Could Regulation Of Short-Term Lets Improve The Market?

Regulation of the up-and-coming market could reduce negative experiences and enable more people to benefit from the availability of short-term rentals, according to lettings payment automation provider, PayProp.

The fast-growing lettings market, although offering advantageous opportunities for landlords and letting agencies, could be improved by means of regulation and making the organisation of short lets more professional. A system more similar to longer-term lets is required to provide all stakeholders with the necessary protection.

Rapid growth over short term

The short-term lettings market has grown swiftly in recent years due to the flexibility it offers tenants and the high yields landlords are able to obtain. Furthermore, the upsurge has resulted in the creation of many new management opportunities for letting agencies.

For example, there were more than 77,000 short lets listed on Airbnb in London alone and over 10,000 in Edinburgh in April 2019, according to the Chartered Institute of Housing (CIH)

Neil Cobbold, Chief Operating Officer of PayProp UK, has commented: “The rapid growth of this market demonstrates a definite appetite for this kind of accommodation. However, short lets could benefit from regulation in order to create and maintain sustainability.

“Currently, there is no mandatory regulation of short lets, which is surprising because landlords letting a property long-term now have to comply with 156 regulations, a 32% increase in just nine years, according to the Residential Landlords Association (RLA).”

Horror stories prove need for regulation

Several high-profile cases have shown that regulation of the short-term lettings market could have protected tenants, landlords and agents from rogue operators and scammers. BBC One’s Inside Out programme recently exposed the extent of illegal subletting via short-term lets websites.

One such example featured a London agency of property specialists which discovered tenants checking a family into an apartment it was managing for a client. The flat was further found to have received more than 70 reviews on Airbnb.

Even Lord Sugar, Apprentice star, has claimed recently that scammers had used images of one of his London properties to create a fraudulent Airbnb listing, swindling a group of American tourists out of $600.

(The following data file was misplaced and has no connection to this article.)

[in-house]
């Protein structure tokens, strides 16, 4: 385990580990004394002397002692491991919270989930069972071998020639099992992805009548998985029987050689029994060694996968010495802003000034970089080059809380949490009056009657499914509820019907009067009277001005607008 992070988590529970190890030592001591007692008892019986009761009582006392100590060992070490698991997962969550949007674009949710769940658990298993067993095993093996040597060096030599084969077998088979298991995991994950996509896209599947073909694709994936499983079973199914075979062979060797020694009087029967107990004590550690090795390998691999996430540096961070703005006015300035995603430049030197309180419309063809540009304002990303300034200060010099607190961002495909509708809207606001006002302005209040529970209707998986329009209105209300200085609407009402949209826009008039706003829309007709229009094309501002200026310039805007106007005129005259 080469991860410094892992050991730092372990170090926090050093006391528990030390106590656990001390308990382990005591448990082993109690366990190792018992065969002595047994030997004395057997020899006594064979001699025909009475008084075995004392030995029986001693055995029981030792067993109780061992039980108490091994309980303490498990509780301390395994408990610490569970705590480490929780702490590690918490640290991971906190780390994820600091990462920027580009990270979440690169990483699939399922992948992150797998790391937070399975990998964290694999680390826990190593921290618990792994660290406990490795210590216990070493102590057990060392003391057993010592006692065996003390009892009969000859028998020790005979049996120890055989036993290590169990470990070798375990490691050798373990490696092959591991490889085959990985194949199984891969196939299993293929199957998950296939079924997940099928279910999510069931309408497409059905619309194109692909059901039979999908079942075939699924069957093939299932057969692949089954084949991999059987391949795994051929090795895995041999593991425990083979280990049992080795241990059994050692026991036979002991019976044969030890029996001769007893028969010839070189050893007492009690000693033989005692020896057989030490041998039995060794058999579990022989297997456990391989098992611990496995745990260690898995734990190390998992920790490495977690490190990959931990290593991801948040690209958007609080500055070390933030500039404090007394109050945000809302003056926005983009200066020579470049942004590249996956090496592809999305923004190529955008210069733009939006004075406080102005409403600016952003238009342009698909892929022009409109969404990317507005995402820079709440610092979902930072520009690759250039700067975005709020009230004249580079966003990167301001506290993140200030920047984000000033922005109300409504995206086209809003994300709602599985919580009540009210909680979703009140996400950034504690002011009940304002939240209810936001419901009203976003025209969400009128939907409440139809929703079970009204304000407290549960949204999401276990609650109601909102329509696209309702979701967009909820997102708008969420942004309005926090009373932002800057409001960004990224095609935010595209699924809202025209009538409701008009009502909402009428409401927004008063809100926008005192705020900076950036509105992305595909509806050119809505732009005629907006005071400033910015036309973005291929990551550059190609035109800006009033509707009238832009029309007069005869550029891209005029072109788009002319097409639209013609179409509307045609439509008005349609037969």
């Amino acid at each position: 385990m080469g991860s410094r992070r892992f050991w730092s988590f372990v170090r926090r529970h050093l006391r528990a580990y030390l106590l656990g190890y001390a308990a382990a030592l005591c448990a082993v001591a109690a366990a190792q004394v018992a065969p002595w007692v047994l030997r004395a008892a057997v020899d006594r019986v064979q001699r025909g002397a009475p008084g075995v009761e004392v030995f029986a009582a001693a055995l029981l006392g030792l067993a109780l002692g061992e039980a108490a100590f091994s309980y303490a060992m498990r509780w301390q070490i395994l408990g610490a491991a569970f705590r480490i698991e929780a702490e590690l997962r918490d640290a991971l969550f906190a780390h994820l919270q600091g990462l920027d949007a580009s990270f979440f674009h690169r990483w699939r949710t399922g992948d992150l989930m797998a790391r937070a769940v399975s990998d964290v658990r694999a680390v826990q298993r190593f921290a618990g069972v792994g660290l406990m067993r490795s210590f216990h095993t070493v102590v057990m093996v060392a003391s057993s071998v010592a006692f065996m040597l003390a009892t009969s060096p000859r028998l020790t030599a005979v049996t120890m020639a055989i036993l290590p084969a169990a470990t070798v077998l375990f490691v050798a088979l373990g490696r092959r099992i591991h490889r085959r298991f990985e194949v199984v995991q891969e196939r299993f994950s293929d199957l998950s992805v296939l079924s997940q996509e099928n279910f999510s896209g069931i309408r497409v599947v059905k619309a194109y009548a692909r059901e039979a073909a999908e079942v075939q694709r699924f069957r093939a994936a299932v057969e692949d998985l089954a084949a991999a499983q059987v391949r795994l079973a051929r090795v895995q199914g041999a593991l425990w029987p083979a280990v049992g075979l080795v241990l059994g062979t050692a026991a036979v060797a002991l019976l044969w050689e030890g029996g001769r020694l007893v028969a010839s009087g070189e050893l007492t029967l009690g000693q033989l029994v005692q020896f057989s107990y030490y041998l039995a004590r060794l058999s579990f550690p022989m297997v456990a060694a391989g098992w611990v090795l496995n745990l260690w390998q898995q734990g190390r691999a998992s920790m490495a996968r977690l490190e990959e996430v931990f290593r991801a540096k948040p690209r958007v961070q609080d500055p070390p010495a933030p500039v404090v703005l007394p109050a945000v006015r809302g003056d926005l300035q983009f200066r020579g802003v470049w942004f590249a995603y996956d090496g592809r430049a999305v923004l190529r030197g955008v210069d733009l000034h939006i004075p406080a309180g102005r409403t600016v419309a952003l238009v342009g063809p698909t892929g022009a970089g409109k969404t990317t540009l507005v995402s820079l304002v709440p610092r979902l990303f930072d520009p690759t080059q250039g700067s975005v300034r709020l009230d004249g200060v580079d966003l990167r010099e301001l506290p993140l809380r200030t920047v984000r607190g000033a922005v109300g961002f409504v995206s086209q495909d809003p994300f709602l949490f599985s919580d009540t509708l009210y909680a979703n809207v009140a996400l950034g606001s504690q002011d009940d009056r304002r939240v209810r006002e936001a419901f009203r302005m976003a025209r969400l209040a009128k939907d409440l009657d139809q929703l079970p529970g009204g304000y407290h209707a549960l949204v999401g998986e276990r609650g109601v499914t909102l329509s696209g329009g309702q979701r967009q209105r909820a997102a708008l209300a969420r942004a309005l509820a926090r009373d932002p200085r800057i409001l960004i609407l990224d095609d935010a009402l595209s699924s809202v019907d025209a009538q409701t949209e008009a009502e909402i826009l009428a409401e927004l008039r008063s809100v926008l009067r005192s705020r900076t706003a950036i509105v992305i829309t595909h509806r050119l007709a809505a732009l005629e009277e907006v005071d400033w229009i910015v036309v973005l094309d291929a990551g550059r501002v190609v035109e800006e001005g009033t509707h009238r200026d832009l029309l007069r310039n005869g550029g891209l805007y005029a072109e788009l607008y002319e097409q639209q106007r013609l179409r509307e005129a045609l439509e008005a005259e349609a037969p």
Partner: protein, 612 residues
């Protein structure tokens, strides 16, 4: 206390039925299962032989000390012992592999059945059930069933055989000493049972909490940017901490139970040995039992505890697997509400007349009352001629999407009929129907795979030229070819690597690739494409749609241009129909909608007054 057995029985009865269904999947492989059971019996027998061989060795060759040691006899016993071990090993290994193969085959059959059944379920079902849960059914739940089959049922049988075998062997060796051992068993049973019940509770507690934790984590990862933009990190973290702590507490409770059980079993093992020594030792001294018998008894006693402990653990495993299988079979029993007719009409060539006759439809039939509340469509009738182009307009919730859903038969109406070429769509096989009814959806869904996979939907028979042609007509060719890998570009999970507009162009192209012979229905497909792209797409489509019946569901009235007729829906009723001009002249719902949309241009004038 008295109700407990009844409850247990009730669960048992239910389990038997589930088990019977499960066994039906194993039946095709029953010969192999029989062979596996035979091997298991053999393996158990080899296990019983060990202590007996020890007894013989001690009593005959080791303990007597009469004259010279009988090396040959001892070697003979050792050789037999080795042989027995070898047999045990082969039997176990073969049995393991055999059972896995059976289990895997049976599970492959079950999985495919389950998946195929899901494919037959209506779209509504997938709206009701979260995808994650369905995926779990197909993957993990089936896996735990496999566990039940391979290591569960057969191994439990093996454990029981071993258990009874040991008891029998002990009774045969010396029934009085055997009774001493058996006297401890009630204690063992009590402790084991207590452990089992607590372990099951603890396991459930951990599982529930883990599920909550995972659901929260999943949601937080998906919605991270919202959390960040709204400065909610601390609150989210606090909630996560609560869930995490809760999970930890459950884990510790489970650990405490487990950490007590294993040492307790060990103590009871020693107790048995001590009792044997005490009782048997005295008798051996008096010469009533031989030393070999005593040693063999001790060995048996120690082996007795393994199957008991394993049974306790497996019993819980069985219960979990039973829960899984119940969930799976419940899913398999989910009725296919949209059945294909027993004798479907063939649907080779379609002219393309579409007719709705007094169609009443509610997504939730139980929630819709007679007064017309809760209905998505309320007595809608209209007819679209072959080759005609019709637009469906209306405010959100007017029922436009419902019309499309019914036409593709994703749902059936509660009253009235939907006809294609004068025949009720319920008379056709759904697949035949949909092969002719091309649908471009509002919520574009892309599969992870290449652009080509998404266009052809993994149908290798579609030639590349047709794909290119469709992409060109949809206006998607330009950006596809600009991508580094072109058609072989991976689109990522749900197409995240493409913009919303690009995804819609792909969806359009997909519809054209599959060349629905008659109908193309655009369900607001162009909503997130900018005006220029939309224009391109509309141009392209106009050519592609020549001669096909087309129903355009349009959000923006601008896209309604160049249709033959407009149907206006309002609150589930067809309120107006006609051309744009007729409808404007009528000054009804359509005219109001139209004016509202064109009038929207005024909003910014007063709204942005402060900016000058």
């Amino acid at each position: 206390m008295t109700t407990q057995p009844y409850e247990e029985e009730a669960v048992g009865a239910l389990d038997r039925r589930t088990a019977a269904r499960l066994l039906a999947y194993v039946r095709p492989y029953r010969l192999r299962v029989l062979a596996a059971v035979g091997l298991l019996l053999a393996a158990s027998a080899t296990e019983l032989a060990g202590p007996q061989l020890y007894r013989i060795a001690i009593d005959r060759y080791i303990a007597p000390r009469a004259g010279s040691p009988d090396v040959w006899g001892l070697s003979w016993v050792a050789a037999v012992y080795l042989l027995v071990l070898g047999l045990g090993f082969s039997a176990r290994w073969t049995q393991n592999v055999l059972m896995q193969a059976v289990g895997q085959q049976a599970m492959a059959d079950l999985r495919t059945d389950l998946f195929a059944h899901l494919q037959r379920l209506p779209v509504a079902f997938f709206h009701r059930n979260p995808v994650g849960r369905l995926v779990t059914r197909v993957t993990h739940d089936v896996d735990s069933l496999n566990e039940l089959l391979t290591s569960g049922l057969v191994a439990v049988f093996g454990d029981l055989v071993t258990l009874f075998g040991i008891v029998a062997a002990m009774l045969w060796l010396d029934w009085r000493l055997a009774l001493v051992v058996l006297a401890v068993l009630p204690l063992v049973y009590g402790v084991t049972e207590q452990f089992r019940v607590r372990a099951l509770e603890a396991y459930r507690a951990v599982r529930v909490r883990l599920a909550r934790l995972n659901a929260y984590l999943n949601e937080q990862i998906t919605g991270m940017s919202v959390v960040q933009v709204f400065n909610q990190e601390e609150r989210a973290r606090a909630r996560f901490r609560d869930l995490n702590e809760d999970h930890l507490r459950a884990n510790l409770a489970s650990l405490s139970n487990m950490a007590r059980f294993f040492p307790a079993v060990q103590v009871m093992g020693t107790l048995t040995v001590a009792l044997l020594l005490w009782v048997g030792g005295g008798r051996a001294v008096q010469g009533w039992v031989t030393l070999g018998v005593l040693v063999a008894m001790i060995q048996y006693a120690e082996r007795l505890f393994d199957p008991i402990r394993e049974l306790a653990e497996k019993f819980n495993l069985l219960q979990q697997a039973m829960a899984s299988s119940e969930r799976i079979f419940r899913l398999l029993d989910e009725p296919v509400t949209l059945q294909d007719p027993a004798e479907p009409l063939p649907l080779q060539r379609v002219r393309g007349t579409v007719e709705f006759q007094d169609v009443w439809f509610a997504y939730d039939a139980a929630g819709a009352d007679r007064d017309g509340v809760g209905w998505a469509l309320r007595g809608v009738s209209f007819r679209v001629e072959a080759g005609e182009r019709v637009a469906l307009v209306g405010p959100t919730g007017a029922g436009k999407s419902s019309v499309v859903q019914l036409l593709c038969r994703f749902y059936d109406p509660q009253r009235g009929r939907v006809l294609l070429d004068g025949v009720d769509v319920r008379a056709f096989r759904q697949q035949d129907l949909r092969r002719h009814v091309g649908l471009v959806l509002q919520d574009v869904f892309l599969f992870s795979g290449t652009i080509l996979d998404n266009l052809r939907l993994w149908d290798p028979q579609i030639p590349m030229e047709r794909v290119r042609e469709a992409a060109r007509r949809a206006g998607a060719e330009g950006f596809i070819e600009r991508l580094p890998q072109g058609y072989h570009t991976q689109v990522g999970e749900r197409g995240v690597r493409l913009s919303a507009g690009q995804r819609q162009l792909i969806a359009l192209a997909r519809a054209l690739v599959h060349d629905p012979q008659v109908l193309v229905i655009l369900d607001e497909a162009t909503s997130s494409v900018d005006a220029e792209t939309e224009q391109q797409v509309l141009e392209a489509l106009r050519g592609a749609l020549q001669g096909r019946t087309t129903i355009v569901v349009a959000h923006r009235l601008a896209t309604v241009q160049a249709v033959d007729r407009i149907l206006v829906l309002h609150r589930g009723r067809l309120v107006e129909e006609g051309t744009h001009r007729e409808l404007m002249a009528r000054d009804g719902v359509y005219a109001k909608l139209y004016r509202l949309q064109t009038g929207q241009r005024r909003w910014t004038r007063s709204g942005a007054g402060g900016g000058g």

Cobbold has said: “The amount of reports of short-term lets being mismanaged or used to scam consumers seems to be increasing.

“A likely contributory factor could be the unregulated nature of the sector, which fraudsters view as a fast-growing market offering opportunities to make serious amounts of money quickly while imposing very few rules.”

Initial steps taken

A new industry-specific trade body has been launched recently, in response to the growing amount of negative publicity concerning the short-term lettings market.

The Professional Host Alliance (PHA) has declared its mission to ‘accelerate the professionalisation of a sustainable, global short-term rental sector and increase trust in the home-sharing economy’.

Cobbold concluded that the launch of a trade body for short-term lettings agencies was good news and ideally will gather momentum by signing up some of the industry’s best-known names.

The introduction of additional rules for short-term landlords and agents as well as minimum standards for hosts could represent how progress develops in the future.

Without doubt, managing short-term lets provides letting agencies with fantastic opportunities. However, there needs to be greater parity with the traditional private rental sector for this new source of income to be safe and successful ultimately.

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